I always feel like somebody's watching me.
And I have no privacy.
Woh, I always feel like somebody's watching me.
Tell me is it just a dream?
So sang Rockwell in the dawning of my high school years back in 1984. All the cool kids were singing it at the time, and its the tune that sprang to mind when I read this similar sentiment this morning:
Yahweh is watching everywhere,
keeping his eye on both the evil and the good.
(Proverbs 15:3, New Living Translation)
The sense of foreboding that came through in Rockwell’s performance is here validated by the wisdom writer. The God of the universe is always watching. He never sleeps or slumbers (Psalm 121:4), his eyes are always open, he sees all people and all things. For those taking part in evil, this is decidedly bad news—God knows, God cares, God judges. There is no rest found here for the wicked.
But for the disciple of Christ, there is no foreboding in this bit of wisdom. No hammer about to fall. It is meant to encourage us to good deeds, with the knowledge that God sees our every move of obedience, every display of compassion, every act of kindness, every expression of love…all good works.
And his seeing puts him for us, rather than pits him against us.
The eyes of Yahweh watch over those who do right, his ears are open to their cry for help. (Psalm 34:15, NLT)
The eyes of Yahweh search the whole earth in order to strengthen those whose hearts are fully committed to him. (2 Chronicles 16:9a, NLT)
“But this is the one to whom I will look:
he who is humble and contrite in spirit
and trembles at my word, says Yahweh.”
Isaiah 66:2, ESV
The truth that you are watching our every move today should not bring fear or foreboding, but faithfulness and confidence. Your steady gaze is the forerunner of help and strengthening, delight and encouragement, and even gentle reproof and Spirit-led conviction. Father, keep our eyes on your word, our spirits humble, contrite and trembling, so that we delight in the knowledge you are looking our way.
Yes, and very amen, in Jesus’ name.
Pursuing the wise and good life with you,
Proverbs Thirty-One Day Reading Plan
August 14: Proverbs ch. 1
Aug. 15: ch. 2
Aug. 16: ch. 3
Aug. 17: ch. 4
Aug. 18: ch. 5
Aug. 19: Grace Day
Aug. 20: ch. 6
Aug. 21: ch. 7
Aug. 22: ch. 8
Aug. 23: ch. 9
Aug. 24: ch. 10
Aug. 25: ch. 11
Aug. 26: Grace Day
Aug. 27: ch. 12
Aug. 28: ch. 13
Aug. 29: ch. 14
Aug. 30: ch. 15
Aug. 31: ch. 16
Sept. 1: ch. 17
Sept. 2: Grace Day
Sept. 3: ch. 18
Sept. 4: ch. 19
Sept. 5: ch. 20
Sept. 6: ch. 21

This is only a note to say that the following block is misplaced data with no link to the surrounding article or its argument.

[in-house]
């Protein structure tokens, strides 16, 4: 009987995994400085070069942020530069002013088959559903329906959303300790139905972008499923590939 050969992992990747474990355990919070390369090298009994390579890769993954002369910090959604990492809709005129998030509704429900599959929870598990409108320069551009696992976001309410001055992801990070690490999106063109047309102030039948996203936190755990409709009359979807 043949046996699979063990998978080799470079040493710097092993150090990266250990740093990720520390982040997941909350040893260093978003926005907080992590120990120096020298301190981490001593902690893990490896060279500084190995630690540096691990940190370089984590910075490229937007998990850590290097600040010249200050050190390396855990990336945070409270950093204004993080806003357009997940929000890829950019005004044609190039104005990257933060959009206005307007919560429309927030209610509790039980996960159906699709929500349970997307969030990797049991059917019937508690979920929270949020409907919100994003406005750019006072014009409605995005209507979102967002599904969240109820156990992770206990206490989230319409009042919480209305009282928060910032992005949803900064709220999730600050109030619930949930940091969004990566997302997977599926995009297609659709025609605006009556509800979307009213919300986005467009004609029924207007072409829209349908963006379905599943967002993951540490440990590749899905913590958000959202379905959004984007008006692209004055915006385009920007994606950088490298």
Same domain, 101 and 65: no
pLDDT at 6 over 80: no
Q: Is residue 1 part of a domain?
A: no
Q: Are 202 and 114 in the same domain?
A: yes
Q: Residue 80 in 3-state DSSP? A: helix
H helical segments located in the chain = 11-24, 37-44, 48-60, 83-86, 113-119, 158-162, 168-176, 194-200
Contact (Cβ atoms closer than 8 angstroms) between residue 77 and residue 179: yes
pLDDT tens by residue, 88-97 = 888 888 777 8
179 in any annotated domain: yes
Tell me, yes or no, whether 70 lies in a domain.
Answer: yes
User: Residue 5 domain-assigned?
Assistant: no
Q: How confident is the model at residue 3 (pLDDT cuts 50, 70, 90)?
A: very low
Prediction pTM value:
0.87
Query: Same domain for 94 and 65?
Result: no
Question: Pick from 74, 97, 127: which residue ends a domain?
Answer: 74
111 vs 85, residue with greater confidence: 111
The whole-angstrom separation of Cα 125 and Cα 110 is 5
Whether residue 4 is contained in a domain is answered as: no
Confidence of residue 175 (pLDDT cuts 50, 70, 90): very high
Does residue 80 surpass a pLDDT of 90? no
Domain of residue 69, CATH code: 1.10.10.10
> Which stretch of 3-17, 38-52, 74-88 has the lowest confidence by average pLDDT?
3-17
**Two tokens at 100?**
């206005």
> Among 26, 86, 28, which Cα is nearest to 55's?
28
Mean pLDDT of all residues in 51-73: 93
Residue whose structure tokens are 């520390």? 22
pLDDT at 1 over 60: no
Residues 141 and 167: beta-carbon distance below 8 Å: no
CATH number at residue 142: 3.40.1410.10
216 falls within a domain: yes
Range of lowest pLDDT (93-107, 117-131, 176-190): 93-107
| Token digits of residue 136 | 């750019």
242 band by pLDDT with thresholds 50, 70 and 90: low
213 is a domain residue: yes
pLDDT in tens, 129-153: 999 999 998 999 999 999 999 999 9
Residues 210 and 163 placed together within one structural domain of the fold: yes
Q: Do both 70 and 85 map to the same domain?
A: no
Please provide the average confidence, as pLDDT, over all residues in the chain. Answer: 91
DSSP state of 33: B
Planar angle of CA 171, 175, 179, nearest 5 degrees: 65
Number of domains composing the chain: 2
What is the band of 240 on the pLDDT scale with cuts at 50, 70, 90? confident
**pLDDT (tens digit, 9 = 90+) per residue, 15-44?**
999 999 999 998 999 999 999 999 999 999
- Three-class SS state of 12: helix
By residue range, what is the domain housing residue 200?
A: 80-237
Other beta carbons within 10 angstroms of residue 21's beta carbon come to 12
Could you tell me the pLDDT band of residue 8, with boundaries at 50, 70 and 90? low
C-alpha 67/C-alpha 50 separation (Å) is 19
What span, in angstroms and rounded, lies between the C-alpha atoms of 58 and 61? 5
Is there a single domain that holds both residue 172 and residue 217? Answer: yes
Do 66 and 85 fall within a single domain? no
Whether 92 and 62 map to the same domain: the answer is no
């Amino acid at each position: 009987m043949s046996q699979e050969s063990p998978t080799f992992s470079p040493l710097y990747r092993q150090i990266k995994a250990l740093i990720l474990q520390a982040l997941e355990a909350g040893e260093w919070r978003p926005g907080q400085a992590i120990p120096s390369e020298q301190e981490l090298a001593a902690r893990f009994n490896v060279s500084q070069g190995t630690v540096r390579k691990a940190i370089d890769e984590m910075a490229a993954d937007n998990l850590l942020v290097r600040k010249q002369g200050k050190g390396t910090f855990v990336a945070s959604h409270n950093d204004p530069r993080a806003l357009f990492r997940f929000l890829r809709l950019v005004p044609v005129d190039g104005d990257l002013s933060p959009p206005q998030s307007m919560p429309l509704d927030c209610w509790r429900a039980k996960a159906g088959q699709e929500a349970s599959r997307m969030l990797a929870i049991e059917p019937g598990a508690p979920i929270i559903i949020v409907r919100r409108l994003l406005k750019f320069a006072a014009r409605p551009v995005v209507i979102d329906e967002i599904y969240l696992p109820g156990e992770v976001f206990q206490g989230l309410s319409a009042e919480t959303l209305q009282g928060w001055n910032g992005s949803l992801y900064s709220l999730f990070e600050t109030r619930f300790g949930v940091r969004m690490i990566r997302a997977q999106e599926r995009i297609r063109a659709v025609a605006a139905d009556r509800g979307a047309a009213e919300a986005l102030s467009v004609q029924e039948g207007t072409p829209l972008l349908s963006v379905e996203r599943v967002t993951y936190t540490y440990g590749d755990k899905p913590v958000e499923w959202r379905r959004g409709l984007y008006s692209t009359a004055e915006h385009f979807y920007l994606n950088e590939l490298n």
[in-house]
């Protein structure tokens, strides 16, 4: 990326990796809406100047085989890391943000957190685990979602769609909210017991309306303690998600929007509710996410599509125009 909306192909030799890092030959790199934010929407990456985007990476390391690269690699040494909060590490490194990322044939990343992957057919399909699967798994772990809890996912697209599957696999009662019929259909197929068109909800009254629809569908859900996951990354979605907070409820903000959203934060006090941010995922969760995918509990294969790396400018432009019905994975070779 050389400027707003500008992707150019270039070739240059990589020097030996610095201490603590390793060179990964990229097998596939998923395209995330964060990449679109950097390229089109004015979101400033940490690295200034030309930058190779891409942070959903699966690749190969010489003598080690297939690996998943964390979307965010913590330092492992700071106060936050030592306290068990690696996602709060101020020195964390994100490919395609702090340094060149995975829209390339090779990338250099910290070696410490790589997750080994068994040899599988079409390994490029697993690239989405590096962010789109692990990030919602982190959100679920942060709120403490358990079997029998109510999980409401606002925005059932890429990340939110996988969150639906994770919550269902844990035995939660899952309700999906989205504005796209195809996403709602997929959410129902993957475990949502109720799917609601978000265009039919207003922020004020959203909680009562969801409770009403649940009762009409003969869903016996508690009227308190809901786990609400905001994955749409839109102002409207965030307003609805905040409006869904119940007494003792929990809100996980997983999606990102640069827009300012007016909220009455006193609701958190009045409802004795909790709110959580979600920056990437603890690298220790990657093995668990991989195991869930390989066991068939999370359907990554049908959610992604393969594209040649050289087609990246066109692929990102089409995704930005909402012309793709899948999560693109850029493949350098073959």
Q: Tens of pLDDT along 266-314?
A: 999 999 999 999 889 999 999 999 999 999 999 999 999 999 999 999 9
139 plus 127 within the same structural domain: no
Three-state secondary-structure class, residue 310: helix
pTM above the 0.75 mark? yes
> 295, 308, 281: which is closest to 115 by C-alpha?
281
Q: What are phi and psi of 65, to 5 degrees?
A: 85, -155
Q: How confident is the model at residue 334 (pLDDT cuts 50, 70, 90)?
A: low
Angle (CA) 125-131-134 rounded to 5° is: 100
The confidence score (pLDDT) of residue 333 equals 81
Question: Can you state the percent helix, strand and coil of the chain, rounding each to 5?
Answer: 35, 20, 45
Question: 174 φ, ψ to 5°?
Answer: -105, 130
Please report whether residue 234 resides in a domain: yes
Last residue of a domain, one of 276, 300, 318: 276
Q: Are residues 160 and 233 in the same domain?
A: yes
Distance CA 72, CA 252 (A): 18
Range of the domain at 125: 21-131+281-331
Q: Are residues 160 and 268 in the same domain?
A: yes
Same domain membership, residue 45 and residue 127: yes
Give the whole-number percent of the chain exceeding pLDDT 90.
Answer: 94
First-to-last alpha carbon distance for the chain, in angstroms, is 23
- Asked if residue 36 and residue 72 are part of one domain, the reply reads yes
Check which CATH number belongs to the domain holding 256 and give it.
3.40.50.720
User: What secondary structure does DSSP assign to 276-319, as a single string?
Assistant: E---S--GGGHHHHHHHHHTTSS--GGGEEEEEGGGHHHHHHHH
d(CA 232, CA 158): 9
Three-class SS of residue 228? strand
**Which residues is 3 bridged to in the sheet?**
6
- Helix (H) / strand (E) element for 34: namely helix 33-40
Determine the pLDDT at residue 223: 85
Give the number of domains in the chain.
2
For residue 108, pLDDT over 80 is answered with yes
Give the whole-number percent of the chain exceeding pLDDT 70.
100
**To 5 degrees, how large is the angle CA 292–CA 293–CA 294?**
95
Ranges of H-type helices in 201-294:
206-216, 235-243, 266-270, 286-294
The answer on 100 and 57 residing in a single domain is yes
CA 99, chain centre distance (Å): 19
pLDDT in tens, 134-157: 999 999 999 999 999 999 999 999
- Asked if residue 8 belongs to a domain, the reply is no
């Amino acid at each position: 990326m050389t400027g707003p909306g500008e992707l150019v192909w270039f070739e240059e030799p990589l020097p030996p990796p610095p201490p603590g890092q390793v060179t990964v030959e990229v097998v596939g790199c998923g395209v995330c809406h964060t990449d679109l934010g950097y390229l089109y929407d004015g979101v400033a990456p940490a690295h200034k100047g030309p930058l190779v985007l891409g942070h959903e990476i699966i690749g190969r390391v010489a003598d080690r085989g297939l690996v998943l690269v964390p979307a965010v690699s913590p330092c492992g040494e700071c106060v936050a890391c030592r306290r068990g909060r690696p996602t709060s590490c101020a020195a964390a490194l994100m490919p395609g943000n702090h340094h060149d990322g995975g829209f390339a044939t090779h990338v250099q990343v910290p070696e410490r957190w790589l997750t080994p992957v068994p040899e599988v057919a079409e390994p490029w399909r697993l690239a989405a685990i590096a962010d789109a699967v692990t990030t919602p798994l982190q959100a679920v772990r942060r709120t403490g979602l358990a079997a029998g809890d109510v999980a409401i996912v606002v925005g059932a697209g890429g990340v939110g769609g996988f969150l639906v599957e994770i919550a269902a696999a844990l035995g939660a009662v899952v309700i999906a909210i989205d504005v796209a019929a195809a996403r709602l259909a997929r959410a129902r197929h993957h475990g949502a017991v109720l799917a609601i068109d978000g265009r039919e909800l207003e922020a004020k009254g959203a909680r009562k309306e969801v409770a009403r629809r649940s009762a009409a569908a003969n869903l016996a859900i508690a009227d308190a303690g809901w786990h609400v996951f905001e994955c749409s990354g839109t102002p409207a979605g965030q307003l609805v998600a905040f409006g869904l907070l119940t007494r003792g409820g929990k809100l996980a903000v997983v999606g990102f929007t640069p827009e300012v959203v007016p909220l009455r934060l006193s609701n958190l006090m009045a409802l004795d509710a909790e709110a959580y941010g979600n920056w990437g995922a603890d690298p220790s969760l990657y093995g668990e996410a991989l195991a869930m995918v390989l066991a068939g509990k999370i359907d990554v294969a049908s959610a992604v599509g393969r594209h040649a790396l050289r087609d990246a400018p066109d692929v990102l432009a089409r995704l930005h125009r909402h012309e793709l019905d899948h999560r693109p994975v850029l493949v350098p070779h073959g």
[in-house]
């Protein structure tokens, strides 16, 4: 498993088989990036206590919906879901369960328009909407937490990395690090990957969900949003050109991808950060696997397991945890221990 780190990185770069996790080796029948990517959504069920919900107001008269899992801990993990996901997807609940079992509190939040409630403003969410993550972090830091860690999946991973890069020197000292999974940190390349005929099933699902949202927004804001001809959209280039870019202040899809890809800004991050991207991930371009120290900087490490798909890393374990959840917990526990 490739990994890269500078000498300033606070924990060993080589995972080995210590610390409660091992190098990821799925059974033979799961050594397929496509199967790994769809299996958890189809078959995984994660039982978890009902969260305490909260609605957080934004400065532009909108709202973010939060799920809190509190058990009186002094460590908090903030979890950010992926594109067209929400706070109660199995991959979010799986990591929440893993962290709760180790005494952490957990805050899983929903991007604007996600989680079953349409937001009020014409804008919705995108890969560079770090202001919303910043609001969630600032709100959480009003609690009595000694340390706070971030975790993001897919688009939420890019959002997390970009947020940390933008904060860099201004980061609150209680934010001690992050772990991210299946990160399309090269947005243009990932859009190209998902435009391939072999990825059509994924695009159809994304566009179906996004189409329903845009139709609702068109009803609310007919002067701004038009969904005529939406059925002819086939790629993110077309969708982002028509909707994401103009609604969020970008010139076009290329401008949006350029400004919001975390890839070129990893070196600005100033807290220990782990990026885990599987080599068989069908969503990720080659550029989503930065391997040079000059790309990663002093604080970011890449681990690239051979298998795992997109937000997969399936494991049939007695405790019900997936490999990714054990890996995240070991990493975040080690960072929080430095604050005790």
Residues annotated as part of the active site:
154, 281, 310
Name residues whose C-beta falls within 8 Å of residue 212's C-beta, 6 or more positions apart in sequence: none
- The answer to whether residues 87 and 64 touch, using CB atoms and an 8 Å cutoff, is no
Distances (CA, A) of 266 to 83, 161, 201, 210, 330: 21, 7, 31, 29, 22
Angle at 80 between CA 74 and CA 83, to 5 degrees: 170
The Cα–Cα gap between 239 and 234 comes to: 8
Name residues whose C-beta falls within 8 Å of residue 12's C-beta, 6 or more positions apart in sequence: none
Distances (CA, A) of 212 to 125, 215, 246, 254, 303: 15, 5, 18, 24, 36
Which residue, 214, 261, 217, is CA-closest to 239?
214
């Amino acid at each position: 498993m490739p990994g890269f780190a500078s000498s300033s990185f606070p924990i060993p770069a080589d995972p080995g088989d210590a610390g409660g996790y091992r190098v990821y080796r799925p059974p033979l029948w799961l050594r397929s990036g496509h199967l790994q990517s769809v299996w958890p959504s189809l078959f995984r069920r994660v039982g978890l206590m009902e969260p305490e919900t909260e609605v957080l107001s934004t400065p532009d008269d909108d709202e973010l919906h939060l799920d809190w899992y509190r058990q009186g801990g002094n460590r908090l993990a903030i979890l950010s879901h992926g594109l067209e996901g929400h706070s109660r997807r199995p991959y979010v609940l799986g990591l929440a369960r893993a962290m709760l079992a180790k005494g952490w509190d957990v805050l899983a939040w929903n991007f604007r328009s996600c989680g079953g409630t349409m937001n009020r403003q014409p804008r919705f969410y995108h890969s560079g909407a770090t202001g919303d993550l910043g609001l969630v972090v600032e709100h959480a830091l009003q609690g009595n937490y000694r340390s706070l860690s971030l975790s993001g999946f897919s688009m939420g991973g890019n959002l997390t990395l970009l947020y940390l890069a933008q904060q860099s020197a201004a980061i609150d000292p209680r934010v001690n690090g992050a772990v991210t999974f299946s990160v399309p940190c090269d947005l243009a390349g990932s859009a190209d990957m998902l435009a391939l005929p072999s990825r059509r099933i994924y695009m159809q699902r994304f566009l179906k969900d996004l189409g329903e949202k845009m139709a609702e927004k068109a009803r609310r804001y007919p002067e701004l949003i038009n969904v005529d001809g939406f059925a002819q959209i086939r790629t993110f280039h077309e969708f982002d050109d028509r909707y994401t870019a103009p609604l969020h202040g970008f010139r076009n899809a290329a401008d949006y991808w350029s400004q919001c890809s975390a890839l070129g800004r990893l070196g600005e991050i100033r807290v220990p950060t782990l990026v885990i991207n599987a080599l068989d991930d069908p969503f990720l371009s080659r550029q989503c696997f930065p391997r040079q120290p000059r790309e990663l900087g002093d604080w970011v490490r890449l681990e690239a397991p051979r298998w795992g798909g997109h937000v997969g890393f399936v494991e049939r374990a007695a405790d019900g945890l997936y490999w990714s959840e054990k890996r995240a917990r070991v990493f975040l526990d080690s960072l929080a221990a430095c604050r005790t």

Sept. 7: ch. 22
Sept. 8: ch. 23
Sept. 9: Grace Day
Sept. 10: ch. 24
Sept. 11: ch. 25
Sept. 12: ch. 26
Sept. 13: ch. 27
Sept. 14: ch. 28
Sept. 15: ch. 29
Sept. 16: Grace Day
Sept. 17: ch. 30
Sept. 18: ch. 31
Samuel Johnson was born on September 18, 1709, and was an English writer who made lasting contributions to English literature as a poet, essayist, moralist, literary critic, biographer, editor and lexicographer.
How Can We Pursue A Long Repentance In The Same Direction?
This last Sunday, in Calvary’s morning gathering, we studied the book of Haggai together as part of God’s Whole Story. Together we heard God speak through his prophet to his people after the exile, challenging them to remain faithful and to rebuild the temple.
The book of Haggai is the second shortest book in the Old Testament. It has 4 oracles (think: sermons), 2 chapters, and about 1,100 words.
In the book of Jeremiah we read of God’s intention for Daniel and all of those with him who have been exiled from the land of promise.
We are in a sermon series called The Whole Story, so named because we started off with the assumption, and belief really, that the whole Bible is a unified story that leads to Jesus. Each and every book is a bit like a chapter that contributes to the overall story that God is telling.
We Are Calvary
To say that we live in times of rapid change may be the very height of understatement. Our culture, and its norms, is changing at an unprecedented rate, making it increasingly challenging for the church to remain relevant—and faithful—in proclaiming the good news of the kingdom of God, in a way that will bring about the expansion of that kingdom.
This past Sunday we (finally) made it out of the weighty, dark, somber, and serious writings of the Prophets of the Exile, and stepped into the Return from Exile of the people of God. Our first look into this aspect of the redemptive drama comes via three courageous servants of Yahweh—Zerrubabel, Ezra, and Nehemiah. There story is found in the book of Ezra-Nehemiah (although our English Bibles separate them, through the centuries the Jewish people have always treated them as one book; so we will too.)
Especially When You Don't Feel Like It
Sunday is just about my favorite day of the week (“just about”…because my day off each week, our family’s Sabbath Saturday, is a tie or really close second). I love getting up that morning, making my smoothie, sitting in my favorite chair in our fireplace room, and pulling my Bible onto my lap. I relish the time spent listening to my Father speak, and I delight in those moments spent talking with him about the morning’s ministry, the people in our gathering that I hope he will transform, as well as the eleven other pastors (and their congregations) on whom I pray his blessing every Sunday.